The Republican Party has a problem. They have mastered the art of gerrymandering to the point that they can win the House every two years while receiving less total votes, by millions, than Democratic candidates. They have also been able to leverage the conservatism of less populous states to win control of the Senate, even though the Republican members of that body, over the course of the three election cycles that turn over the Senate, received less votes than their Democratic counterparts across the aisle, again by millions. But the story is different when it comes to presidential politics.
The GOP has been the party of marching conservatism since the end of the Nixon era, but with Barack Obama’s election to the White House, the party has completed its metamorphosis into a bastion of the extreme right. As with all political machines that embrace extremism, there is a sense that ideological purity is of paramount importance. We have seen in the past years how adhering to stringency within the GOP has damaged the government’s ability to function, but it has also made it harder for the GOP to win a presidential election.
The main problem for a Republican candidate is the primaries, as I’ve written before.
In both 2008 and 2012, long, drawn-out primary contests resulted in the GOP nomination being won by two milquetoast candidates who failed to excite most of the populace, much less Republican voters. That’s because the candidates that most excited the Republican base, that is, that excited voters in the south and the large rural states of the west, held political stances that ONLY excited the base, to the exclusion of all else. That’s just fine when a candidate is running for one of those gerrymandered House seats. But in the GOP primaries, it’s not just the GOP voters in Kansas (population 2.9 million), that a candidate needs to impress, but registered Republicans in California and New York (populations 38.8 million and 19.7 million, respectively). It matters little when a hard right candidate sweeps reliably Republican states when reliably Democratic states contain hordes of moderate Republican voters. That’s how a party ends up with something like Super Tuesday 2008, when conservative candidate Mike Huckabee did well in the south, winning five states and 160 delegates, but was absolutely buried by John McCain, who won nine states and 542 delegates. Huckabee won 55% as many states as McCain, but only 29% as many delegates.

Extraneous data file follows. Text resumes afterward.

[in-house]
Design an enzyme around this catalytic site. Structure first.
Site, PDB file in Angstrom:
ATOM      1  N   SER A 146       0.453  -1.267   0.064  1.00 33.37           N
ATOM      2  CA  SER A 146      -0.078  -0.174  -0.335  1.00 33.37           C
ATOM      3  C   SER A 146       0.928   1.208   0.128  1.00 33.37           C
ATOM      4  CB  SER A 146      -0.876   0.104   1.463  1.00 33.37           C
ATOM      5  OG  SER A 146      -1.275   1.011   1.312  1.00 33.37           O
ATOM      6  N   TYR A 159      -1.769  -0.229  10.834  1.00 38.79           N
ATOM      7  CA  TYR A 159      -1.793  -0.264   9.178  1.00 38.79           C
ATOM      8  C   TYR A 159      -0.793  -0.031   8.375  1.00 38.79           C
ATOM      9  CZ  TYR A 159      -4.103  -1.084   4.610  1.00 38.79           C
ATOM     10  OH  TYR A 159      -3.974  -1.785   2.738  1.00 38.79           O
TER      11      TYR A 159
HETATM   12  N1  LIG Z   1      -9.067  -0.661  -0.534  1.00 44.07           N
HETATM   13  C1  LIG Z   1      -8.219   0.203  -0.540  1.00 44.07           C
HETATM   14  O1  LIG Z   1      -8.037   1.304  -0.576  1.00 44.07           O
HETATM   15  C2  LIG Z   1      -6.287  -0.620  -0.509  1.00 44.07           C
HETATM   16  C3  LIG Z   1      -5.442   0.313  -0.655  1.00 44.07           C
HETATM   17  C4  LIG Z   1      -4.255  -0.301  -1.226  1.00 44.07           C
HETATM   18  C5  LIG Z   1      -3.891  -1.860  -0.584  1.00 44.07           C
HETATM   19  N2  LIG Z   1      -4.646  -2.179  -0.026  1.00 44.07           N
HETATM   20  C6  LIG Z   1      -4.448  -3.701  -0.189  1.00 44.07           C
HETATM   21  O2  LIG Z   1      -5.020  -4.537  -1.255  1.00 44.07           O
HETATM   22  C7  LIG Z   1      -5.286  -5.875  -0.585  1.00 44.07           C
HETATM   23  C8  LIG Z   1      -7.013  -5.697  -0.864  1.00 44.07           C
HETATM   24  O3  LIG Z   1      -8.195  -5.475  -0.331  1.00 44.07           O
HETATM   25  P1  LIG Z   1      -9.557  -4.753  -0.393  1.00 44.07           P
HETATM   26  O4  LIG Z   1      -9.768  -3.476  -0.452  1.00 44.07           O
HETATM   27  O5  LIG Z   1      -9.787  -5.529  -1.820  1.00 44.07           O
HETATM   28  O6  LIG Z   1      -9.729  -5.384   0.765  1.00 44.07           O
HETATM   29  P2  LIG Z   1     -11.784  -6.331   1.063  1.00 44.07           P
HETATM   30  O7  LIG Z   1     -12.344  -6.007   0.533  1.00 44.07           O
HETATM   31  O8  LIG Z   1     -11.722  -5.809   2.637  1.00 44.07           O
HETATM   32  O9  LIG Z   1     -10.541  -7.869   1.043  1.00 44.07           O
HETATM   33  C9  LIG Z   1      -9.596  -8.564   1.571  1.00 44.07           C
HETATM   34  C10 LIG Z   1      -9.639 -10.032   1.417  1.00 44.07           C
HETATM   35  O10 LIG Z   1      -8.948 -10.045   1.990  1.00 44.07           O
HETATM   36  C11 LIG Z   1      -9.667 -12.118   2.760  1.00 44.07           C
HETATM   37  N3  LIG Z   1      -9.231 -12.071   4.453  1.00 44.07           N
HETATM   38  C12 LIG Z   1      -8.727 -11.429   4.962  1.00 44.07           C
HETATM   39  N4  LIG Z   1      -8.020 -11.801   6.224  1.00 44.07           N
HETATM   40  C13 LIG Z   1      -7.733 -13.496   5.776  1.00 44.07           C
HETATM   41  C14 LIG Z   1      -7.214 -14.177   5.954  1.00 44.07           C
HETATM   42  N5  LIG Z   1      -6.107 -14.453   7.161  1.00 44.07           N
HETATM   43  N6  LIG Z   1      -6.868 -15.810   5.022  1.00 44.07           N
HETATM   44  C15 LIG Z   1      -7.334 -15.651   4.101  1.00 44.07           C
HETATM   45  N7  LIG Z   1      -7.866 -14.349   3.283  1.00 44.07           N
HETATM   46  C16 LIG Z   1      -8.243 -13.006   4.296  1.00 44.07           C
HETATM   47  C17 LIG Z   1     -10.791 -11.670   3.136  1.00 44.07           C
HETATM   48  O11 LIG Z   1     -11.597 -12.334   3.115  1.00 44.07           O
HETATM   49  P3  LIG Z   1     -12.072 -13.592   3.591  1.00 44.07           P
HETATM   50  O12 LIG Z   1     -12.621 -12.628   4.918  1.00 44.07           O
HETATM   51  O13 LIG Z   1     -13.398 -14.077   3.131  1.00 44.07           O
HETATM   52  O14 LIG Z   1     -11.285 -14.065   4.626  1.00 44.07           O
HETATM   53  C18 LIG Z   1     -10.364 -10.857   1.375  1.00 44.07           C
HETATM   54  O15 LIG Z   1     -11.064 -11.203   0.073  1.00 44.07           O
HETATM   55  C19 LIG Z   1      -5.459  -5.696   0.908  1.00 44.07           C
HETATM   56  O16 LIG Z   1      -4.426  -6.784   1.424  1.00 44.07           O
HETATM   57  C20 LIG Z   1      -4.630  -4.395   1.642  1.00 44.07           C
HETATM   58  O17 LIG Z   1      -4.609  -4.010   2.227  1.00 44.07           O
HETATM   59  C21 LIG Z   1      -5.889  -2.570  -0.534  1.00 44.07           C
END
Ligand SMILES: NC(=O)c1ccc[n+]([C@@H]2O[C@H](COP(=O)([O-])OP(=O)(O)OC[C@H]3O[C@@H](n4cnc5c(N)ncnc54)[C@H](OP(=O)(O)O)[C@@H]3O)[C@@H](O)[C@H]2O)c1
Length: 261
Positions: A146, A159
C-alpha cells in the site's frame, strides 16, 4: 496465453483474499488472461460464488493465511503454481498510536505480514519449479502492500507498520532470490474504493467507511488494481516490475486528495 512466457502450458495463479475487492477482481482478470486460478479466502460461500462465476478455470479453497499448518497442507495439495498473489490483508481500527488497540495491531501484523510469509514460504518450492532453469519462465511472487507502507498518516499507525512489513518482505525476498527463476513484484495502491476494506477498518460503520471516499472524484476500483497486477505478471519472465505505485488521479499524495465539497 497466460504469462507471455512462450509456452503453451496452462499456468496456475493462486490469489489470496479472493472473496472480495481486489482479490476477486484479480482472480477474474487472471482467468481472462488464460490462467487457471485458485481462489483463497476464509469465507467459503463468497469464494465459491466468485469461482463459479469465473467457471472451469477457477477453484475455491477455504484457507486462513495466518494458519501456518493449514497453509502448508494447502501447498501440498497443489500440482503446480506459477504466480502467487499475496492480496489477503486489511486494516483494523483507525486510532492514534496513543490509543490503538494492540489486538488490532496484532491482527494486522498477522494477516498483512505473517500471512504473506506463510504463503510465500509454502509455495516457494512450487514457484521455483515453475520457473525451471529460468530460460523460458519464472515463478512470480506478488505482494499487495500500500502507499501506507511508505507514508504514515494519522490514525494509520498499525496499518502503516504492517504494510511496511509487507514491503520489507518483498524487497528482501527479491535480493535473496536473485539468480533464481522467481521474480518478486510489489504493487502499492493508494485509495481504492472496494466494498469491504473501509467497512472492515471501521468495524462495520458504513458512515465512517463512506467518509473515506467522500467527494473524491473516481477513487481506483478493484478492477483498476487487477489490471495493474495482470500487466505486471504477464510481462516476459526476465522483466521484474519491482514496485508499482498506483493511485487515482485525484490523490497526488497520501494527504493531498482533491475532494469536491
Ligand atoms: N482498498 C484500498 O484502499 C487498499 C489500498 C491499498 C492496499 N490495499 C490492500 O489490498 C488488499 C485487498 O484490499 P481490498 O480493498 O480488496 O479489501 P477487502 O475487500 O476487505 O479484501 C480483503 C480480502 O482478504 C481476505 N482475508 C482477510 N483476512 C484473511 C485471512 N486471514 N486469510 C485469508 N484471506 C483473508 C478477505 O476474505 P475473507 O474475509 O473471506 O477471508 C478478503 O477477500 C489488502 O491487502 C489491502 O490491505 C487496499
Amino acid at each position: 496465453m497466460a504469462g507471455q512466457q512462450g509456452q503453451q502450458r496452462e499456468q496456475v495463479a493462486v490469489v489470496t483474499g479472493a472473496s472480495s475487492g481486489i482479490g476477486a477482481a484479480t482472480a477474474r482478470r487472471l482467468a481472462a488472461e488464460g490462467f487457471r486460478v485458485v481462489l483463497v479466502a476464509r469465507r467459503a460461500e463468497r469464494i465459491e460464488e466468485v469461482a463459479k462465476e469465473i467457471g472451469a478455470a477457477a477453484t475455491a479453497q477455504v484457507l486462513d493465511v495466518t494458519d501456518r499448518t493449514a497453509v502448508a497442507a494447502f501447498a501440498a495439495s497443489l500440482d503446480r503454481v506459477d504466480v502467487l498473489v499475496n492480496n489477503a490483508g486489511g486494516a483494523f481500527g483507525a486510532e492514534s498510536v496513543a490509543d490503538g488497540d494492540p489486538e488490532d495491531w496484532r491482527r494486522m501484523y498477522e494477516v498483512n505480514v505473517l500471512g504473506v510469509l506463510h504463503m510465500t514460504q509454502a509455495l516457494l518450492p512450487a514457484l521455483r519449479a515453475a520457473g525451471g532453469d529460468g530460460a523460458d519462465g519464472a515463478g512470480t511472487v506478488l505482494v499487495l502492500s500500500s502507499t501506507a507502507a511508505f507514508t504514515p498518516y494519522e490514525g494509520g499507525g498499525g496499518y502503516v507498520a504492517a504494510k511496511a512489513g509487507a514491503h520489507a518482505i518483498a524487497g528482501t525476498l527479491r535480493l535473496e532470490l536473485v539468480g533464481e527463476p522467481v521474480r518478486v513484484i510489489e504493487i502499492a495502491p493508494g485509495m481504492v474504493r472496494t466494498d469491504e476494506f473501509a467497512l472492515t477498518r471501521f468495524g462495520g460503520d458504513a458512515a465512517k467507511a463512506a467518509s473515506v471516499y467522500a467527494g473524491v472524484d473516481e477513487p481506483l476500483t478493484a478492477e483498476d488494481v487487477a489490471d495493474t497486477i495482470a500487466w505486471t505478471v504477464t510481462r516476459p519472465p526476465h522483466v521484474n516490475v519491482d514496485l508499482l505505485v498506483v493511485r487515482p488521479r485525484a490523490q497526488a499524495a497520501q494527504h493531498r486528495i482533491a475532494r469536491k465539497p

The high-strung and apocalyptic rhetoric of what have become typical Republicans plays very well with the base, but collapses in broad appeal. That means that someone like Ted Cruz, who has shown skill at the art of GOP Orwellianism, and is set to announce his candidacy for the White House tomorrow, has about a snowball’s chance in hell of winning the nomination, even if he manages to survive the first couple of contests, when what looks to be a crowded field chews each other up trying to prove to small voter samples that they ‘are not scientists,’ or ‘don’t know what God the president worships.’
The difficulty in winning nominations, and the general election which follows, are self-inflicted wounds. It was the Republican Party that not only dragged the debate to the right, but also dragged it away from reality.
Sometimes I worry that the GOP really does represent the will of the American people. But then I think about how hard it is for one of their popular firebrands to win the nomination of their own party, and I remember that they represent a plurality, and not a majority.